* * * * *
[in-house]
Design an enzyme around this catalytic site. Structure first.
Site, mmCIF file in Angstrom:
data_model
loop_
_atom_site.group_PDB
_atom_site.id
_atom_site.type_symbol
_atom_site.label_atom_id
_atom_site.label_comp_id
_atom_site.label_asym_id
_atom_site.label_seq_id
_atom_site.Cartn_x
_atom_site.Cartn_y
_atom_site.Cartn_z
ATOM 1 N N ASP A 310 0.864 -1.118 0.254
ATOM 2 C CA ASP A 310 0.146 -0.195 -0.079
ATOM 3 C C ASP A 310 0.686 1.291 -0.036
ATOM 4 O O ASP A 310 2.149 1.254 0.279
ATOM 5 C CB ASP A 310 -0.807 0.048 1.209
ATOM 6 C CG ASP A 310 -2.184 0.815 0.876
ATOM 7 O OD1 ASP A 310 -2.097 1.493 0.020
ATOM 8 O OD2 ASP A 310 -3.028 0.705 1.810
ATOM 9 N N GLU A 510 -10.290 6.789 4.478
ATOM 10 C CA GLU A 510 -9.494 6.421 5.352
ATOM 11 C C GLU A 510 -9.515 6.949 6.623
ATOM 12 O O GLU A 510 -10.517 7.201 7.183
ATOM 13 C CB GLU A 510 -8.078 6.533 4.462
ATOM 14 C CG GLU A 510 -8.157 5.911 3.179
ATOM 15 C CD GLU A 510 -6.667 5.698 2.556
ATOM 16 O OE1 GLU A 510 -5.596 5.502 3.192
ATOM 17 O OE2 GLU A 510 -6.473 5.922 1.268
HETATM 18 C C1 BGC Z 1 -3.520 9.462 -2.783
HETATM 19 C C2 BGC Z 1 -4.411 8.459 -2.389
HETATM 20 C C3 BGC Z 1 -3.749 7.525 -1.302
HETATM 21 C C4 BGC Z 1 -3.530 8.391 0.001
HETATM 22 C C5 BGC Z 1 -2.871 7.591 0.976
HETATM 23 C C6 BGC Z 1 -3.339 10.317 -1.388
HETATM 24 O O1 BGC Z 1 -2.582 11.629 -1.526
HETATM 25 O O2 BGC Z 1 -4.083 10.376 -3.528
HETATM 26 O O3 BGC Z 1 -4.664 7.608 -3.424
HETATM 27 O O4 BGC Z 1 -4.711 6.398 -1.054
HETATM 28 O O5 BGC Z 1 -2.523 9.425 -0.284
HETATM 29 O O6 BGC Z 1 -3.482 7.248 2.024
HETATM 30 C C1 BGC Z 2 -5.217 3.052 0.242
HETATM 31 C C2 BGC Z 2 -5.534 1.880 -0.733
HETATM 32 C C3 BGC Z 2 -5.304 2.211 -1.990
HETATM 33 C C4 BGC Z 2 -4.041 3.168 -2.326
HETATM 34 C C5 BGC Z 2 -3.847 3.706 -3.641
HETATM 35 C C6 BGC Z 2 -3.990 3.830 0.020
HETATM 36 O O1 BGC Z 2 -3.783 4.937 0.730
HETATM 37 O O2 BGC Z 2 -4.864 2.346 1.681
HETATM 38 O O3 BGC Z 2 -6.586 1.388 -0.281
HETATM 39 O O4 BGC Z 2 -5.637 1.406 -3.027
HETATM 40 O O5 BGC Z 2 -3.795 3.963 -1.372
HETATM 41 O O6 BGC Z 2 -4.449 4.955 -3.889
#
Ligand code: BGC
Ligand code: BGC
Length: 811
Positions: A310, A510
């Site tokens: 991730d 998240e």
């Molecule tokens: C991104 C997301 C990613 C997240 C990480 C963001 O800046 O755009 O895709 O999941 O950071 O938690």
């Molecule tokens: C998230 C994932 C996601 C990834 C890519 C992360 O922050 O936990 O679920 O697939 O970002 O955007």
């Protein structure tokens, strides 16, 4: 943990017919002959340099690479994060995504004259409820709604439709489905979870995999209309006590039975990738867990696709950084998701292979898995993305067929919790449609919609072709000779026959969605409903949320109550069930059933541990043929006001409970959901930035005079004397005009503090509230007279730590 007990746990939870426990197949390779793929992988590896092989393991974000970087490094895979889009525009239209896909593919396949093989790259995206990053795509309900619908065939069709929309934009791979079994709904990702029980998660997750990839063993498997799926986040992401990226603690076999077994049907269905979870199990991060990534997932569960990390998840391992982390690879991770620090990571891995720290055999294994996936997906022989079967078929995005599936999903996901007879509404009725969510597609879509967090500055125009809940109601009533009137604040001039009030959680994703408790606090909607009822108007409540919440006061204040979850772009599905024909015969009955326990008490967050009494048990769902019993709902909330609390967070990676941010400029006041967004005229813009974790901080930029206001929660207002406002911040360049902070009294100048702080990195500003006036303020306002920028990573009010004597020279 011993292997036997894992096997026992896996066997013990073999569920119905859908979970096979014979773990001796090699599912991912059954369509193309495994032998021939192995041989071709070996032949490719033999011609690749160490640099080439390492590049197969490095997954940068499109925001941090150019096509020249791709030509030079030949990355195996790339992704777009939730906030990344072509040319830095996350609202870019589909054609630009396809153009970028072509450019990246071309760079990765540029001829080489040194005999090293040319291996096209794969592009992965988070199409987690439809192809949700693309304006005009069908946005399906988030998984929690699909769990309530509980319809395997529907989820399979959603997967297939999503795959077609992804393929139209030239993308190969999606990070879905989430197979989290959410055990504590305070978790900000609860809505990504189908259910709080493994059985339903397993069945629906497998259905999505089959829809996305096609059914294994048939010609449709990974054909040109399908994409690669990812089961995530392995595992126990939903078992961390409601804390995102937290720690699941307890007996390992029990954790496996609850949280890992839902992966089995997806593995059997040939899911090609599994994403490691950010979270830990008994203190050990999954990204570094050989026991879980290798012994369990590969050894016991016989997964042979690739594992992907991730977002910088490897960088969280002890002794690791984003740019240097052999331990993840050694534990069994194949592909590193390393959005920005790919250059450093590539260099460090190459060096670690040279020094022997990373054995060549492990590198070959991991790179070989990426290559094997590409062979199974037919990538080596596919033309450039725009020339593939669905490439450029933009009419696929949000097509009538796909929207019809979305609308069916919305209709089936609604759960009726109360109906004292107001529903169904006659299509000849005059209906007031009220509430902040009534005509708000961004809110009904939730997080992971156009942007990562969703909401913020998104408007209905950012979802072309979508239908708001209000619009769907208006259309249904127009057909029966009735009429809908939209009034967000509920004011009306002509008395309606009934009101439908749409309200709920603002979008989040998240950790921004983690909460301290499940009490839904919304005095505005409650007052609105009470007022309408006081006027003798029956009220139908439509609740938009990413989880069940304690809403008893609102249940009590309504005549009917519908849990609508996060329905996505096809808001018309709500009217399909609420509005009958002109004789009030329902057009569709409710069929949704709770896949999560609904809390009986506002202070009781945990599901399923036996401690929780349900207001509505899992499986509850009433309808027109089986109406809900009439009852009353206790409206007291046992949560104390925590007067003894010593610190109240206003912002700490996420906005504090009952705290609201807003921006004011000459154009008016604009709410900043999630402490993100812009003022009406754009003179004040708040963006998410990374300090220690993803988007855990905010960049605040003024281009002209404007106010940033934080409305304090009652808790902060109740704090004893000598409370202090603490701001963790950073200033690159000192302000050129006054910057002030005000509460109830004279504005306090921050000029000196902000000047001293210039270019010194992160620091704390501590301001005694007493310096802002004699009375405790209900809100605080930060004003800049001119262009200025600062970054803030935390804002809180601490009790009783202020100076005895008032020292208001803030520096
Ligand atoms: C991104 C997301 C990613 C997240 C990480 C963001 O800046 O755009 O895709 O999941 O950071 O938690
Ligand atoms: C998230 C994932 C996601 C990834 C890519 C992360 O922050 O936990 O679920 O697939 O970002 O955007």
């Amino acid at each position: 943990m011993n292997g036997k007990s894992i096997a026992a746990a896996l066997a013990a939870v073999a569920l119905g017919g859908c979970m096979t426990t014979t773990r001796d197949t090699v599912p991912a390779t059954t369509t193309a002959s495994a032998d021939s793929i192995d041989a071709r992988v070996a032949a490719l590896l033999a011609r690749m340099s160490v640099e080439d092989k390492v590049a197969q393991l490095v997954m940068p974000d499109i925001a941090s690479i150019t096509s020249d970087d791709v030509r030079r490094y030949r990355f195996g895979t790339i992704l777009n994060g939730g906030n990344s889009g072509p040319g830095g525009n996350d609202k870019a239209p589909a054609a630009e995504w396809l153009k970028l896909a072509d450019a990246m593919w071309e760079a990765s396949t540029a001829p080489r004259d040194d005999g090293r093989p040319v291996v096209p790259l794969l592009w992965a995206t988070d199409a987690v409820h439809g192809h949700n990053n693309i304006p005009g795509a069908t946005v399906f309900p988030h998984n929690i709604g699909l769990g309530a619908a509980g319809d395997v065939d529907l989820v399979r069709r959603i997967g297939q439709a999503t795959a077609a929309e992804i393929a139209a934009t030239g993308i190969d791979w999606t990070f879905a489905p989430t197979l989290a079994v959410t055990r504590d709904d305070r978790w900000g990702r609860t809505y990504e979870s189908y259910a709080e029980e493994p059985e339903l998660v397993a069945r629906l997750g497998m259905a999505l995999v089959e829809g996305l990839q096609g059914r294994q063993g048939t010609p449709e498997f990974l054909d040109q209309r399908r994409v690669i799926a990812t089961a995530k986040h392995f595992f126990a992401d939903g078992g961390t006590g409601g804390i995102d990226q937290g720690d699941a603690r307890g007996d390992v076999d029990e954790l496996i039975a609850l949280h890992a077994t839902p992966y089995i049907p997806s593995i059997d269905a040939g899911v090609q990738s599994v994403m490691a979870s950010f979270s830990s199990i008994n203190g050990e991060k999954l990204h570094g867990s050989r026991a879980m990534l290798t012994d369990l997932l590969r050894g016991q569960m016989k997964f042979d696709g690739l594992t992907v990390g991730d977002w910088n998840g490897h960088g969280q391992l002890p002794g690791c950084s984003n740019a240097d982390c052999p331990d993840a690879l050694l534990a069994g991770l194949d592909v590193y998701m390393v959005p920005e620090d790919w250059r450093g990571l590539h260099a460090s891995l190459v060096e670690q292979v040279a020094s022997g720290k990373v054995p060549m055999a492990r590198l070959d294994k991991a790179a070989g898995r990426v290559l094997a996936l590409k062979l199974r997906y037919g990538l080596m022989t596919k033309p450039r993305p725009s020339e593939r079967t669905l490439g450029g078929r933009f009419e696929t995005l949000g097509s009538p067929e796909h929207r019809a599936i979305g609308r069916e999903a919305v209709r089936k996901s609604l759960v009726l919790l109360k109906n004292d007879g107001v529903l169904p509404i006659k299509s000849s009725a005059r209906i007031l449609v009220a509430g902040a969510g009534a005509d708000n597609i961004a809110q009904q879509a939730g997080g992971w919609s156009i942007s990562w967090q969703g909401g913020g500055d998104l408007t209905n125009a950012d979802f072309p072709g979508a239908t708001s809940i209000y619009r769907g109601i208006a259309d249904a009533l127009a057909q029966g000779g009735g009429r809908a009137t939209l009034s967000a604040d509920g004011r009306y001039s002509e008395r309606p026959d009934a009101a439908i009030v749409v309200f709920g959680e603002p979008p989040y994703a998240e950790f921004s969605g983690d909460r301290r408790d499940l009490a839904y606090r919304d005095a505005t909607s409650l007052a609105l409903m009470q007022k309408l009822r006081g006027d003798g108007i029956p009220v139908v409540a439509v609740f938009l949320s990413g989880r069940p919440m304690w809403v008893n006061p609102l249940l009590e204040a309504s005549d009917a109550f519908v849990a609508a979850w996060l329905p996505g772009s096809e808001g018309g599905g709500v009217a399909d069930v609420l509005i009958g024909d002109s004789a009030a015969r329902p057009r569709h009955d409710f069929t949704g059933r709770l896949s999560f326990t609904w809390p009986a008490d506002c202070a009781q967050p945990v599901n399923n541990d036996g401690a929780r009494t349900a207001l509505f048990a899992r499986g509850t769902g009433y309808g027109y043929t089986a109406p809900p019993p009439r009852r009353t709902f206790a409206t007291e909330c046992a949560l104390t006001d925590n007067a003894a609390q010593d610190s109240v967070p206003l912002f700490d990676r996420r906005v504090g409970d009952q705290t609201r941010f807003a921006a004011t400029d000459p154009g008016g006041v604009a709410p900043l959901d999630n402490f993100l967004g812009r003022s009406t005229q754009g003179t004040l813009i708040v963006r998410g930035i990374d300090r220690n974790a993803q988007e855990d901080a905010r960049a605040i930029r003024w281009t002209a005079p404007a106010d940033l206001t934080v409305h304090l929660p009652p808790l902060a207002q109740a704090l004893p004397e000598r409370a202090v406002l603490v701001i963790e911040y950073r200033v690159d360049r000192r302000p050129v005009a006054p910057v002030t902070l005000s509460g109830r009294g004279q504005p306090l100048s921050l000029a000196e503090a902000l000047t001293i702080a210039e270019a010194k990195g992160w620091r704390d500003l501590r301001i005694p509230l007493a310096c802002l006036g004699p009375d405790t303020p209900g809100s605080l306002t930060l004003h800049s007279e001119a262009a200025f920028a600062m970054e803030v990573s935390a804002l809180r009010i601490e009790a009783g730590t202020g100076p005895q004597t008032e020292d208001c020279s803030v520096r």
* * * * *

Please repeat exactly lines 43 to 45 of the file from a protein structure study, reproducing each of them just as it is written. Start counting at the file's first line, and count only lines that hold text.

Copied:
HETATM 28 O O5 BGC Z 1 -2.523 9.425 -0.284
HETATM 29 O O6 BGC Z 1 -3.482 7.248 2.024
HETATM 30 C C1 BGC Z 2 -5.217 3.052 0.242